The Line Out jack allows pianists to connect the LP-380 to a digital piano or a speaker system. MIDI capability increases the LP-380’s digital accessibility, enabling musicians to easily transfer performance data between their computers and their digital pianos.
Furthermore, devices connected through MIDI can control each other, and musicians have the option of using the LP-380 as a 16-part sound module. The LP-380 also uses a DC19 V power adapter.
Whereas most digital pianos require about 40W to function, the Korg LP-380 only needs 15W, less than half of its peers’ energy consumption. Though the LP-380 uses less energy, it sacrifices nothing when it comes to producing crisp, high quality sounds.
The LP-380 has four piano samples players can choose from to find the most realistic acoustic piano sound. Musicians interested in using the damper pedal should use the Classic Piano and Grand Piano sounds, as they most realistically capture the damper resonances that happen when holding down an acoustic piano’s damper pedal.
The Real Weighted Hammer Action 3 Keyboard also adds to the LP-380’s ability to mimic the experience of playing an acoustic piano. The sound realistically responds to the strength with which players hit the keys; creating crescendos and decrescendos has never been easier on a digital piano.
Pros and Cons
The Korg LP-380 combines physical appeal and musical quality to provide players with a unique experience. The Real Weighted Hammer Action 3 Keyboard coupled with the three perfectly positioned pedals make the LP-380 a great choice for serious piano students or performers who want an at-home piano.
It’s not as portable as other digital pianos, so on-the-go performers may find moving the LP-380 frustrating and time consuming.
For pianists looking to record ideas and experiment with sounds, the LP-380 is a great choice. It has an impressive song bank and a variety of sound options to choose from. The Line Out jack makes recording a song fairly simple, and the MIDI connectivity means connecting to other devices is a breeze.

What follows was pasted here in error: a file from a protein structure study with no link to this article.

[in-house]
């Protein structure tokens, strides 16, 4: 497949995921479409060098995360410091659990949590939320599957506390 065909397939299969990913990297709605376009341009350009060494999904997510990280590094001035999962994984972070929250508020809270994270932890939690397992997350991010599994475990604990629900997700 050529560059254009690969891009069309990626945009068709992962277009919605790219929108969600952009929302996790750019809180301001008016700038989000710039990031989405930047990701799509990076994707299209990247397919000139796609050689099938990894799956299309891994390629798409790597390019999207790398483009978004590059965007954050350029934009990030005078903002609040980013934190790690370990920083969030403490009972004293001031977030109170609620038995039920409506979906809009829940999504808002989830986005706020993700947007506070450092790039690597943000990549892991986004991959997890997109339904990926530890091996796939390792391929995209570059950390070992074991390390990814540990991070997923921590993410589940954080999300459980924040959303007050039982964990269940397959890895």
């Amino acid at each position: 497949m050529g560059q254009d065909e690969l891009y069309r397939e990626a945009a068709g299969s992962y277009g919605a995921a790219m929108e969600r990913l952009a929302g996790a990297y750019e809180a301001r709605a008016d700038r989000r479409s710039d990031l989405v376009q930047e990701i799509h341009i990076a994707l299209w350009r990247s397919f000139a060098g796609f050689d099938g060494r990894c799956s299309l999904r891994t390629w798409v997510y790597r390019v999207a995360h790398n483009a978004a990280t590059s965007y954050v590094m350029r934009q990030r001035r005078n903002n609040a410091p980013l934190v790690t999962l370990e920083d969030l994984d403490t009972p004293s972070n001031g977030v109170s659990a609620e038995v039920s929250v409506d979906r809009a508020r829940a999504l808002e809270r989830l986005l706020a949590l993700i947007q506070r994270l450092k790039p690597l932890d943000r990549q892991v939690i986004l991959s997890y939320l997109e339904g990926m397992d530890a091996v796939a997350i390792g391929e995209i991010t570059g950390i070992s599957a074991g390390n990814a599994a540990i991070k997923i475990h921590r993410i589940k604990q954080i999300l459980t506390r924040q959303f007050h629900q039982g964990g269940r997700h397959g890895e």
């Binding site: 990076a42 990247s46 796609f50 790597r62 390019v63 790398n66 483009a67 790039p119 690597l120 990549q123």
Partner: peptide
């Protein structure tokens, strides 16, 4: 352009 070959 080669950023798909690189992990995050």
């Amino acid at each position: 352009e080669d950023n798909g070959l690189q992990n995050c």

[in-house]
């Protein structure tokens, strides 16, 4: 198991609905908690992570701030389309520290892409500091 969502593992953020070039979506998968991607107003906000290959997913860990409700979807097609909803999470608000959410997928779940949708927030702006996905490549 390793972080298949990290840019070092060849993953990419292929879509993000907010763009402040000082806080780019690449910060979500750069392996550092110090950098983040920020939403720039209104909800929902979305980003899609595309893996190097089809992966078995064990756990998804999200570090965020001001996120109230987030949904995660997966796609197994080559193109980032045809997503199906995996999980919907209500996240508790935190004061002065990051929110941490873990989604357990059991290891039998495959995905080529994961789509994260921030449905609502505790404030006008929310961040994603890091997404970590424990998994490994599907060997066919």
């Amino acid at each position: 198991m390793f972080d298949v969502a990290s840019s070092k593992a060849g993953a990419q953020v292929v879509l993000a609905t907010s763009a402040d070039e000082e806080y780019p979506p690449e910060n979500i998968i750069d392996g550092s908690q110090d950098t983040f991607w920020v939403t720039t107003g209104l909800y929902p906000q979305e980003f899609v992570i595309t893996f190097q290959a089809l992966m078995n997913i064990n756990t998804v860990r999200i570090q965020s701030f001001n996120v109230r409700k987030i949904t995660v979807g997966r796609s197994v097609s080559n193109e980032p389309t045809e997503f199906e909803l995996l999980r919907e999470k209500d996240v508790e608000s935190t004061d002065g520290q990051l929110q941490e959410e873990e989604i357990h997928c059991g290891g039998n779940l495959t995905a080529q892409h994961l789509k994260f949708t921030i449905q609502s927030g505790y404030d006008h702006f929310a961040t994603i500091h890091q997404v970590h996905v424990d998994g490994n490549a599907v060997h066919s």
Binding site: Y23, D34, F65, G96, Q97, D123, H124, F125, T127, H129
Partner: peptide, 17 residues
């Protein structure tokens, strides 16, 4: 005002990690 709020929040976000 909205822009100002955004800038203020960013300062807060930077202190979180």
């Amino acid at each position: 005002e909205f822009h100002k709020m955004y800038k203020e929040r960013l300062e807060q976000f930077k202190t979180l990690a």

One drawback to the LP-380 is its lack of a Line In jack. Lacking this feature, pianists are unable to connect an audio player to the digital piano, listen to it through the piano’s speakers, and play along.
The Korg LP-380 is undoubtedly a great option for serious students; its features offer everything aspiring students need – realistic feel paired with authentic sound. Performers who want a piano to keep at home or in the studio would also benefit from the LP-380’s quality, but performers looking for a portable stage piano would probably be happier with a different model.
- Slim, sleek design
- Real Weighted Hammer Action 3 Keyboard
- Key Touch Control Function
- MIDI Connectivity
- Energy efficient
- Three standard pedals
- Great for serious piano students
- Not very portable
- No Line In connection
- Not the best digital piano for performers
A great digital piano for students, the Korg LP-380 has a lot to offer in terms of authenticity. Its goal is to recreate the sound and feel of an acoustic piano, and it does so more than other digital pianos.
Though it lacks a few extra connections and resembles an acoustic piano in terms of portability, the Korg LP-380 is a quality digital piano for its price.